A Proper Honorarium for a Funeral Pastor

A pastor's responsibility during a time of mourning reaches beyond the pulpit.
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Those who are grieving will often turn to a pastor for assistance with the planning and execution of a funeral service. The duties of the pastor will vary depending on each situation, but it is customary to pay the pastor an honorarium for his services. How involved in the process the pastor is will determine the amount. Financial limitations of the family may also determine how much the payment will be.

1 The Duties Before the Funeral

Once a pastor learns of a death, he should reach out to the family in some way. Depending on the relationship the family has with the pastor and the church, the amount of involvement before the funeral will vary. Pastors often devote many hours to grief counseling and funeral planning. In cases where the pastor does not have a prior relationship with the family, the involvement beforehand may be minimal. At the very least, the pastor will devote some time to preparing for the funeral service.

2 The Duties During and After the Funeral

The pastor leads the funeral service by offering prayers, delivering the sermon and doing whatever else the family has requested to be in the service. The pastor should be available immediately before and after the service to greet and console those in attendance. In some traditions, the pastor will escort the remains of the deceased to the final resting place and may even preside over a graveside service. In the days following the service, the pastor should be available for further counseling if needed.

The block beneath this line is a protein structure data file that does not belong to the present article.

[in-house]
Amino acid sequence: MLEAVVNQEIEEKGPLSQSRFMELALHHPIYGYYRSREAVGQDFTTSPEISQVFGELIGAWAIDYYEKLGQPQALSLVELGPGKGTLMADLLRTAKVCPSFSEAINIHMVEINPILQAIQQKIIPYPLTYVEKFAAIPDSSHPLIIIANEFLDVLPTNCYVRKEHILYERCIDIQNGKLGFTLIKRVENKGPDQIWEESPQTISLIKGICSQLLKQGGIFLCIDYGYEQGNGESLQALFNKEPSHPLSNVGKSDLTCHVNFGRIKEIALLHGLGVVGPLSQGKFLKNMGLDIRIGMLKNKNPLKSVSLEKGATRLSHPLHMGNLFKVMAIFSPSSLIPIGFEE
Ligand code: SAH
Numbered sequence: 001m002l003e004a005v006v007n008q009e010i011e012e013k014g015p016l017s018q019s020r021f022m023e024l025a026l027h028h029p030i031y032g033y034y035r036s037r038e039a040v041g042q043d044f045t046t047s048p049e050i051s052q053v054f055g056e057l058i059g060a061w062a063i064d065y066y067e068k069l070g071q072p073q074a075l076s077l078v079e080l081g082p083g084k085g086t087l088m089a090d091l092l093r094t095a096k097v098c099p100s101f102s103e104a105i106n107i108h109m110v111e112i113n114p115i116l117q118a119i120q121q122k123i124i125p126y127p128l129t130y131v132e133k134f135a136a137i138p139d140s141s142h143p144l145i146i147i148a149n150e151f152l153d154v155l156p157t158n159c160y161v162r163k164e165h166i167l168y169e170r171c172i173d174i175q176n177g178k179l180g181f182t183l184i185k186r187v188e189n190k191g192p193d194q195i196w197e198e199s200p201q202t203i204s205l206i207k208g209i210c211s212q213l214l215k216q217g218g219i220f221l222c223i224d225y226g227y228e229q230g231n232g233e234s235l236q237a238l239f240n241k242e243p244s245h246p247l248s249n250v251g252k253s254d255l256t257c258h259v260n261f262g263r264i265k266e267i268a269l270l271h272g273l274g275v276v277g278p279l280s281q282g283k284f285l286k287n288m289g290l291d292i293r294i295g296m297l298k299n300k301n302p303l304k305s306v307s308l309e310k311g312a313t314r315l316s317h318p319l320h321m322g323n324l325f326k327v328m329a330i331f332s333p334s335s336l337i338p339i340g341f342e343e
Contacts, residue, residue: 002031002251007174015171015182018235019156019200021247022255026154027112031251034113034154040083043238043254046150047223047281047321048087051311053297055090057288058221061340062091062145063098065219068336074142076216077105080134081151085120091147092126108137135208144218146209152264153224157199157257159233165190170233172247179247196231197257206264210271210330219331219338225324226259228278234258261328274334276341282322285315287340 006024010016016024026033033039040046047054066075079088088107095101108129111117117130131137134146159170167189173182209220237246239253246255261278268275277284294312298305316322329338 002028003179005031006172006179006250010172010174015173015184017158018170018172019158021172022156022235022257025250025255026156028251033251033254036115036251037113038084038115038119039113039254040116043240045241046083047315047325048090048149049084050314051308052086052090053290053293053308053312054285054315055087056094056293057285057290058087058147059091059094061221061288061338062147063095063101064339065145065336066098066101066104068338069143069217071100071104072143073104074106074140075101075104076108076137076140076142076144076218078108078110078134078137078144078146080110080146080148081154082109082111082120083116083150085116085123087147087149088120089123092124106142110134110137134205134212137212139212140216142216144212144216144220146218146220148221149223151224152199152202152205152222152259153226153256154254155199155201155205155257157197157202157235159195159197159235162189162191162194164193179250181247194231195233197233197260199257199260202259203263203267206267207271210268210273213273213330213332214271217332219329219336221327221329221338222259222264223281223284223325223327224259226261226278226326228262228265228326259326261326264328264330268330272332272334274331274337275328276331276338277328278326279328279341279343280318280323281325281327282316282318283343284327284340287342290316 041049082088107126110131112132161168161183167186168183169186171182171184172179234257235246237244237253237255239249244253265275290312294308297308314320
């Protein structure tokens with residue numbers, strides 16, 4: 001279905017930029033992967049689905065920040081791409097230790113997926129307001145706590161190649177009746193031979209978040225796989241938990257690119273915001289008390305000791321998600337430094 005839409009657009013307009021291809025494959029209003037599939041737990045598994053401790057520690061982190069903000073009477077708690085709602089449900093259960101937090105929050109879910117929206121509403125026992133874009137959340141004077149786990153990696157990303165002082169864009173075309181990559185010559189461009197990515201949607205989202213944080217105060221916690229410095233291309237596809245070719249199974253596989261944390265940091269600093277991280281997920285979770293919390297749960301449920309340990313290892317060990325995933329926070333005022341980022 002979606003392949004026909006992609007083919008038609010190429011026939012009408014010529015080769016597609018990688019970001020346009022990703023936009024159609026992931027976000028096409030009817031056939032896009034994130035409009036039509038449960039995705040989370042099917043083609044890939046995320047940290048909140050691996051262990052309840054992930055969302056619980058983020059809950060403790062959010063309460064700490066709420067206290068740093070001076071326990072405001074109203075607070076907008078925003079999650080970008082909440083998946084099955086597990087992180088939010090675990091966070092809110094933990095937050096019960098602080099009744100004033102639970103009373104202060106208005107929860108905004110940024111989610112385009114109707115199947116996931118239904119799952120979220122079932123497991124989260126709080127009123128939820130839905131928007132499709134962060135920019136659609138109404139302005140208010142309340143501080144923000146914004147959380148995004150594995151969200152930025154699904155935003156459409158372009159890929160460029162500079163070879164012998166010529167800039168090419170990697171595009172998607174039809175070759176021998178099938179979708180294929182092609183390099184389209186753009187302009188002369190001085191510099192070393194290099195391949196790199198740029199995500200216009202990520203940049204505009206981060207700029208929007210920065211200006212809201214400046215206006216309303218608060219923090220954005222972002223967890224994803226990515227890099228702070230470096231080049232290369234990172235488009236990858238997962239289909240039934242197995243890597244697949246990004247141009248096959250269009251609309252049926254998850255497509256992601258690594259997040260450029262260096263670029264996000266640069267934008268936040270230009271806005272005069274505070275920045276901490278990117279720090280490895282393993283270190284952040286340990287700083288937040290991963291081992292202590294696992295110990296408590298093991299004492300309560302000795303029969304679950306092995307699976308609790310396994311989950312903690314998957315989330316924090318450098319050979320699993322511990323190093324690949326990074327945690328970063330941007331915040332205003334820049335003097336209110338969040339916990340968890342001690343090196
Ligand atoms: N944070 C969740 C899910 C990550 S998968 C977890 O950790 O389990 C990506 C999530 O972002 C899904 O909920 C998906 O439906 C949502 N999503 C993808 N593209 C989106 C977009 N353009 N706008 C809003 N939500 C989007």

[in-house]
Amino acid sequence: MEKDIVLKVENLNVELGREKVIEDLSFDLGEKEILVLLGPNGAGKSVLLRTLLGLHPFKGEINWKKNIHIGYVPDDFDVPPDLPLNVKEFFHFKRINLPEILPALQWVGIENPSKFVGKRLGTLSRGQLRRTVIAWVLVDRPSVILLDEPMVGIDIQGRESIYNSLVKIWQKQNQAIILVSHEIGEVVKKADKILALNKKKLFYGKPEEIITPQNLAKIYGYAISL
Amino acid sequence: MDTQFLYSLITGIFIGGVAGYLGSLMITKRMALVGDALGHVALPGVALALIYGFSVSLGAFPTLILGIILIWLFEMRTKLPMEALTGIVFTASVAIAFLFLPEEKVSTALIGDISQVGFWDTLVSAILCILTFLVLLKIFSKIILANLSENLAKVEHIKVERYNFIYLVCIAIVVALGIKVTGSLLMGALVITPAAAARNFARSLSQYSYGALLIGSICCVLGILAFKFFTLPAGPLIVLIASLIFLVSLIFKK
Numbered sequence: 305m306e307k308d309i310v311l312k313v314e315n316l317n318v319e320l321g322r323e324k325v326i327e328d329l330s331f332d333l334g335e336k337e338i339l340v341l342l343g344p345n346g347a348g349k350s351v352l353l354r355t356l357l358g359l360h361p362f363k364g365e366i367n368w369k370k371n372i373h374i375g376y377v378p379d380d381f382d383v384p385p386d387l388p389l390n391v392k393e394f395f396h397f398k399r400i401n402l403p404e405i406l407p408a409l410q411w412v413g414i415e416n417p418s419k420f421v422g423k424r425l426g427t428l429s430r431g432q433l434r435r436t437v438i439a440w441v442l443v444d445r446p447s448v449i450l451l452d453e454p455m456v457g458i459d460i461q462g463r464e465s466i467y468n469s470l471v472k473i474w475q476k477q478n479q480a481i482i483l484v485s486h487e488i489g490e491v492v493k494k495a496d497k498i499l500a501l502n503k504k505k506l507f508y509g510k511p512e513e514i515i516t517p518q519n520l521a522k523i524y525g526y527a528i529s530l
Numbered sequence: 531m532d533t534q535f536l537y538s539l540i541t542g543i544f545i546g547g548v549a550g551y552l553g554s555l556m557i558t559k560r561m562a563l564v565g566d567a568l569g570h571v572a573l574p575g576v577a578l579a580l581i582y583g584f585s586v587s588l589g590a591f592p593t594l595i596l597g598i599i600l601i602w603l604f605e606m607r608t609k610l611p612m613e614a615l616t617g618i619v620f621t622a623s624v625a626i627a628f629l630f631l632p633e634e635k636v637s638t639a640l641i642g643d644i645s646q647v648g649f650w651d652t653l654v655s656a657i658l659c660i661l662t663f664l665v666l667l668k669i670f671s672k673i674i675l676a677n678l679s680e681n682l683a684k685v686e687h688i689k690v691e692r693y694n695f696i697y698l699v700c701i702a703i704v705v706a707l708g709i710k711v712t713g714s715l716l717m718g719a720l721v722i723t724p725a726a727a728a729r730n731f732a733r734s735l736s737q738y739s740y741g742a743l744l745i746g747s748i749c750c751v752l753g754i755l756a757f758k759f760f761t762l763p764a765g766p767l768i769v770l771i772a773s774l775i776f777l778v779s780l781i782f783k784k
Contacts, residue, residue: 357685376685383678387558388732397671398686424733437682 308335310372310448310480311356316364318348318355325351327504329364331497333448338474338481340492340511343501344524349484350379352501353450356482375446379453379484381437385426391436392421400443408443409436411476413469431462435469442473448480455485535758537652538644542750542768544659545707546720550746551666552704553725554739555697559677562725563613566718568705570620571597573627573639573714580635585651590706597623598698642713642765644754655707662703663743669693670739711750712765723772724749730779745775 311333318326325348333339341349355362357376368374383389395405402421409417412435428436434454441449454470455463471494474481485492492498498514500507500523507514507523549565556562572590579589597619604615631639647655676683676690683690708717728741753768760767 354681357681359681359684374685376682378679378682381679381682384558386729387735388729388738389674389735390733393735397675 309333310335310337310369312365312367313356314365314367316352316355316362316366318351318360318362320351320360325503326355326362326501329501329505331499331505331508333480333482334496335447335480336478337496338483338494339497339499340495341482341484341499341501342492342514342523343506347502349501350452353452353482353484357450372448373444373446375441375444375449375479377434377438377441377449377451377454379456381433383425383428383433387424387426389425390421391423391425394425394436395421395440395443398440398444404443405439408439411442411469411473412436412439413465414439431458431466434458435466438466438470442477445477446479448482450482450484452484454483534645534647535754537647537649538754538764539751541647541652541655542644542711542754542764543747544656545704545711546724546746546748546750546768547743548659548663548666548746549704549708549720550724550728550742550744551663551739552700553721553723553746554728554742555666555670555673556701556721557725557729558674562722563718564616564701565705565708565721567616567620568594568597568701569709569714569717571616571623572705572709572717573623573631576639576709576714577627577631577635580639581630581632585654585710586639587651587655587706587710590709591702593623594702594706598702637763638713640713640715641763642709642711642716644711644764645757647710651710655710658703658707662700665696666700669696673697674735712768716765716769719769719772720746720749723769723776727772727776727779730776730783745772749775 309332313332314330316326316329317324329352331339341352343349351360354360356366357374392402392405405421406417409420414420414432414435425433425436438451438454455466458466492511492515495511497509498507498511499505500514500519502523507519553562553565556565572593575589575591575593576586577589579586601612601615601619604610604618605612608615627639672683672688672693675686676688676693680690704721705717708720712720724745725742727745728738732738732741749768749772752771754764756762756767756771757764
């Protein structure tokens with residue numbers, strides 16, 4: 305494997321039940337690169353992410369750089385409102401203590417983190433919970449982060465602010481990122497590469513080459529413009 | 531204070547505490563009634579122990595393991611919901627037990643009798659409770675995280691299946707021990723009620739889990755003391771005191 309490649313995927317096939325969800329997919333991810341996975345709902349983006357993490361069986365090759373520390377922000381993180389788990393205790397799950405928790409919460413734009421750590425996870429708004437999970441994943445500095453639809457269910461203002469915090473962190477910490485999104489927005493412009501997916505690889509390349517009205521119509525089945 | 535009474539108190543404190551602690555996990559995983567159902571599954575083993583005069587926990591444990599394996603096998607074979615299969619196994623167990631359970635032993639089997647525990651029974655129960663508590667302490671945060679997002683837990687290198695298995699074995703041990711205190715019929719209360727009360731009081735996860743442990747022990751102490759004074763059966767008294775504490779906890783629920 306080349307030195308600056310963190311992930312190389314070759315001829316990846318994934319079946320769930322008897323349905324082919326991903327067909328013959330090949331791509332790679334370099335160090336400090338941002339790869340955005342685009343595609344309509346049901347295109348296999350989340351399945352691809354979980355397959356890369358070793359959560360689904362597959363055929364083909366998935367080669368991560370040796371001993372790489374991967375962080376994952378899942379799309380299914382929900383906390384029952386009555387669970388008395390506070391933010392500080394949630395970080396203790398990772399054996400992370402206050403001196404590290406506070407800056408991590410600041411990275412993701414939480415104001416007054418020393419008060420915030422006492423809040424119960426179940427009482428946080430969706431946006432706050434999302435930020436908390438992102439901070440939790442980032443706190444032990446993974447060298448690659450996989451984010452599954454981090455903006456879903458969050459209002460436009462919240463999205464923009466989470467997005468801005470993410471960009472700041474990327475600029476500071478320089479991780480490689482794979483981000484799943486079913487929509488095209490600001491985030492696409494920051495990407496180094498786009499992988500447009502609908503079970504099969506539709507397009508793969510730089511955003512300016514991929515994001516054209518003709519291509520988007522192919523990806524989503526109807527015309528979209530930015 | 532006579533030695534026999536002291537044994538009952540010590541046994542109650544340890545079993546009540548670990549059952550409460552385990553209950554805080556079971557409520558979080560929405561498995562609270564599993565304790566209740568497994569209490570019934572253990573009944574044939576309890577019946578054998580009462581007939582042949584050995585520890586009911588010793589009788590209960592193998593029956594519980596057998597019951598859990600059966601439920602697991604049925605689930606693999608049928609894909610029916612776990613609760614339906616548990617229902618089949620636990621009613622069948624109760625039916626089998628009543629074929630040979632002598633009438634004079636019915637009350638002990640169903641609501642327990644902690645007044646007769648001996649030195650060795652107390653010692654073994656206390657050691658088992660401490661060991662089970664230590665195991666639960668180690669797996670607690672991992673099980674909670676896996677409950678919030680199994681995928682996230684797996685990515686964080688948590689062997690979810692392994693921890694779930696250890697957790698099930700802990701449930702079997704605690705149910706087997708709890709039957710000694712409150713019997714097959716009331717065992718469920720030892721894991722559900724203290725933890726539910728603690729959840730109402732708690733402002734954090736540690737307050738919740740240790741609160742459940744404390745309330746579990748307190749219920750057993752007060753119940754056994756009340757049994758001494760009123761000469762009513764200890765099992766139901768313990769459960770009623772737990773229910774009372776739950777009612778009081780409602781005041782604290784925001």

3 Time Involved

The actual time that the pastor spends in counseling, preparing notes, planning and other tasks depends on each specific situation. It usually takes six to 10 hours of study to prepare a sermon, according to soulpreaching.com. The pastor will also usually spend one to two hours meeting with the family before the service and two to three hours for the actual service.

4 How Much Is Recommended

The amount will vary depending on the church and time spent. The funeral director will know what is customary for each location. If more than one pastor is involved, the amount can be split between them. Often a pastor will refuse to accept the payment. If this is the case, it is good to not force the issue and simply honor the pastor’s wish. Gratitude can be expressed in other ways, such as a card, gift basket or gift certificate. Families can also make donations to charity in the pastor’s name.

Jane Rodda has been a writer since 2004, with articles featured in "Gameday Magazine" and "Urban Family Magazine." She is also the social media director and lead copywriter for a piano instruction website. Rodda holds a Bachelor of Arts in liberal studies with a concentration in psychology from Point Loma Nazarene University.